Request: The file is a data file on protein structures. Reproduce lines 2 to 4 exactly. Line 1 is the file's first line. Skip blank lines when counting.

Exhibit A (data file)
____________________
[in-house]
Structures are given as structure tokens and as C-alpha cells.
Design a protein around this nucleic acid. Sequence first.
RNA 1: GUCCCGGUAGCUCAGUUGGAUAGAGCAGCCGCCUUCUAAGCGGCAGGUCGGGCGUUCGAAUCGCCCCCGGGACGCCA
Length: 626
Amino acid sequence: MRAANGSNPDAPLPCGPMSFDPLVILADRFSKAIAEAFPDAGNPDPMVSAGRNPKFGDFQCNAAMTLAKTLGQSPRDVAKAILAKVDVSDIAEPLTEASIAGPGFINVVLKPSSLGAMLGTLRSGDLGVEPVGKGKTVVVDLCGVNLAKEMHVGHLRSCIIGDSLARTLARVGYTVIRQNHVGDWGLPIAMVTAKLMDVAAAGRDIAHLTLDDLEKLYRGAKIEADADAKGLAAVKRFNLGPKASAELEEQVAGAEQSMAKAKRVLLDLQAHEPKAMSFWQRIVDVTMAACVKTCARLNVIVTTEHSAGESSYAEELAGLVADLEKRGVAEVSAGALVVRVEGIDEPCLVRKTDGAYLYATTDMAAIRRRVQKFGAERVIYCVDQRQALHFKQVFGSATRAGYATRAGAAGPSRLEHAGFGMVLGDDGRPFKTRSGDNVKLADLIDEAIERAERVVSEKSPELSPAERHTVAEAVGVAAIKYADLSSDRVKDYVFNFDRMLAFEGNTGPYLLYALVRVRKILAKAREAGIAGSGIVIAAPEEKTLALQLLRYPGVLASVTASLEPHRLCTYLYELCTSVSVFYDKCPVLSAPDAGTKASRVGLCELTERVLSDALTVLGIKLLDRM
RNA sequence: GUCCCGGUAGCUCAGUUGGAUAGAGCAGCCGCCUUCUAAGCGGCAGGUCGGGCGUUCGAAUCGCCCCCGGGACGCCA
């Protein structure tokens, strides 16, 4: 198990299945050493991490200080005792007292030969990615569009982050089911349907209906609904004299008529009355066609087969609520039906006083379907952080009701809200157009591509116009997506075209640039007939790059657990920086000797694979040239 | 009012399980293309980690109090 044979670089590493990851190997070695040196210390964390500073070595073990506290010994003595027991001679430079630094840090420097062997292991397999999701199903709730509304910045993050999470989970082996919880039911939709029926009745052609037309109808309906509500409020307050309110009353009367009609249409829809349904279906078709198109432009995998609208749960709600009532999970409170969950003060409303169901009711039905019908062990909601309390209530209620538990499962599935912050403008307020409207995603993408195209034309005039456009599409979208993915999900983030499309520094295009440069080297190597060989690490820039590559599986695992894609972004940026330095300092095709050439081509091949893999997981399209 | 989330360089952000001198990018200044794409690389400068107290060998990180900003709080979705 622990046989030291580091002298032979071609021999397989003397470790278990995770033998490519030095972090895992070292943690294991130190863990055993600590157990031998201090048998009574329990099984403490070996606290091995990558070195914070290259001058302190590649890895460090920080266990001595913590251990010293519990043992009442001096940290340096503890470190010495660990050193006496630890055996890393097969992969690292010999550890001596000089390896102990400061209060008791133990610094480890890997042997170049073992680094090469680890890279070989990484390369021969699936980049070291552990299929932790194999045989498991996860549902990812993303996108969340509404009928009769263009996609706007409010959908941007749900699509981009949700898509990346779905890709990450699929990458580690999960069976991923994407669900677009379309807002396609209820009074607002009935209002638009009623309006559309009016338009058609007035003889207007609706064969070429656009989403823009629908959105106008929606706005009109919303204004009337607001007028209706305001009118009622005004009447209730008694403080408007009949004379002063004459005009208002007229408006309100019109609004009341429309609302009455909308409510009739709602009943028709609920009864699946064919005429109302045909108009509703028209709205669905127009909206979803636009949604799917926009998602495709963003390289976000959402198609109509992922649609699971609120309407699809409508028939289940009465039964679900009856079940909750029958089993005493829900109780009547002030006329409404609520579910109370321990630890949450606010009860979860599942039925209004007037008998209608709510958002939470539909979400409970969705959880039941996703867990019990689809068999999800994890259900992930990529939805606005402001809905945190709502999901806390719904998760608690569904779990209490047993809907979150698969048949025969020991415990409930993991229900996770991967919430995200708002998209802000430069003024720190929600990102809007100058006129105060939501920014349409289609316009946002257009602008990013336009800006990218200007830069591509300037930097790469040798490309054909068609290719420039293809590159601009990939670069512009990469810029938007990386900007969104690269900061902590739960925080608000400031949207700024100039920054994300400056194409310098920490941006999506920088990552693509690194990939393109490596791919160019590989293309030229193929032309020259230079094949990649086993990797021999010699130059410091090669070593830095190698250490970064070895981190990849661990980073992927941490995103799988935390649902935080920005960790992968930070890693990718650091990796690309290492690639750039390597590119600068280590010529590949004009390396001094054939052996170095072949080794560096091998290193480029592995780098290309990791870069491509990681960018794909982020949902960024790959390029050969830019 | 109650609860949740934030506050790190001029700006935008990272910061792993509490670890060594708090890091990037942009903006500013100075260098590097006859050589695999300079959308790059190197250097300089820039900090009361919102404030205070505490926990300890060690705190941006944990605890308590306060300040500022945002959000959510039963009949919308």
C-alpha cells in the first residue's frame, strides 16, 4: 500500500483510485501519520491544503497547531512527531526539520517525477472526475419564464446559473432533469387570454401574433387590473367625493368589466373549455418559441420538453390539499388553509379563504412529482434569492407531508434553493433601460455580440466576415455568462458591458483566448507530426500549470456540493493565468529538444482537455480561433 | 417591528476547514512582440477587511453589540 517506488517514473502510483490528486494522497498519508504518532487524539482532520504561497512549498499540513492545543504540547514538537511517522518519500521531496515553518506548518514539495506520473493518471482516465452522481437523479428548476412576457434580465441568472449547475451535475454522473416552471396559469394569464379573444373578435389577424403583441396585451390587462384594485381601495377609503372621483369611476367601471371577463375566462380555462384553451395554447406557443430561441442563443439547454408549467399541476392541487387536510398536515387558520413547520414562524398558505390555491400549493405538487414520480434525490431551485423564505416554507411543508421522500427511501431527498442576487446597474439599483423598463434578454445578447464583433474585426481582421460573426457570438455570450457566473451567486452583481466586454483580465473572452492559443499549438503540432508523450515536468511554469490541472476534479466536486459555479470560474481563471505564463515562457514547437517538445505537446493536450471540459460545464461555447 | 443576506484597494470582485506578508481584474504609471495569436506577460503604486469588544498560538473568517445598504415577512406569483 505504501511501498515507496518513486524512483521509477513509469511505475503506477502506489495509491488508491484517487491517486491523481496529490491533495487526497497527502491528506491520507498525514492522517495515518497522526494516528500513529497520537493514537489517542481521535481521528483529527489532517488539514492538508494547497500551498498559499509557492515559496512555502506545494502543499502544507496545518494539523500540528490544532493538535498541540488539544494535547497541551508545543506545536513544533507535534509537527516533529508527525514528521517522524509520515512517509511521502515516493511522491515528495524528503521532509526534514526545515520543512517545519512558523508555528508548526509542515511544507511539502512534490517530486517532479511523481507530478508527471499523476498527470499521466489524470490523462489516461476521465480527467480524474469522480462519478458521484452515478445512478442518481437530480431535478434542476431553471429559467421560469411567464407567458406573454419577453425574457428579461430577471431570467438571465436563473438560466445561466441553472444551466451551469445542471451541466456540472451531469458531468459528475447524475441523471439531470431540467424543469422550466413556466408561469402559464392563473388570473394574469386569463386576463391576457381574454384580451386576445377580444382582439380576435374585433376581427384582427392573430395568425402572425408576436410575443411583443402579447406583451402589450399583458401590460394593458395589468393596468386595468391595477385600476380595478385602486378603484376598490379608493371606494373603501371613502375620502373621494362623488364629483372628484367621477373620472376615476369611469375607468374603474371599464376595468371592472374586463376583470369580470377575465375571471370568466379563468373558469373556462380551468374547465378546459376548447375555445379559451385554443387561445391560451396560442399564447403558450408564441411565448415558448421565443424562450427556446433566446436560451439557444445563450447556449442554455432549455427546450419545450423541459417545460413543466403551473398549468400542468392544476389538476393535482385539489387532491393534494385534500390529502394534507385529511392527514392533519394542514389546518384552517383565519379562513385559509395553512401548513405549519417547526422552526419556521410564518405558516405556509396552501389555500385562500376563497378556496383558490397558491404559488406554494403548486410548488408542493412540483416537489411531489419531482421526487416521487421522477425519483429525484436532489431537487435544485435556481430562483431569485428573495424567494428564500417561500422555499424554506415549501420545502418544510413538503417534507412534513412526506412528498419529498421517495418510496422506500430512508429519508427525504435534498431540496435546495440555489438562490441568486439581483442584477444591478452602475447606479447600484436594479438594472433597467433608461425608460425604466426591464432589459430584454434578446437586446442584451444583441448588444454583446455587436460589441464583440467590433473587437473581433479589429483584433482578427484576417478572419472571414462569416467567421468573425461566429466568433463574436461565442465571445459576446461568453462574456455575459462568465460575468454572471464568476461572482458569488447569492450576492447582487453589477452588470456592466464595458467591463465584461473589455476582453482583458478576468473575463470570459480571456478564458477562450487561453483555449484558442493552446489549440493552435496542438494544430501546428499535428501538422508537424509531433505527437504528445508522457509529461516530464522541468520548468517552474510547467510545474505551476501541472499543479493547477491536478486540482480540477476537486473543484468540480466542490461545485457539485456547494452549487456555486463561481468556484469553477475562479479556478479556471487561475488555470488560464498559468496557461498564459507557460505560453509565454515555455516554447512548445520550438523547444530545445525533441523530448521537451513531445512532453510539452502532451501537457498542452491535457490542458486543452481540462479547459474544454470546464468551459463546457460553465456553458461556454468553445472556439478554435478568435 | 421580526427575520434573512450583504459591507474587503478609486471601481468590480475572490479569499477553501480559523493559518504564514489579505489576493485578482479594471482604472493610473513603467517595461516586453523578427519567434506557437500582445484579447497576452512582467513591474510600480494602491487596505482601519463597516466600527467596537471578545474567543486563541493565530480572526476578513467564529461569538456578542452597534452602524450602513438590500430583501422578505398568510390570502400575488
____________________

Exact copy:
Structures are given as structure tokens and as C-alpha cells.
Design a protein around this nucleic acid. Sequence first.
RNA 1: GUCCCGGUAGCUCAGUUGGAUAGAGCAGCCGCCUUCUAAGCGGCAGGUCGGGCGUUCGAAUCGCCCCCGGGACGCCA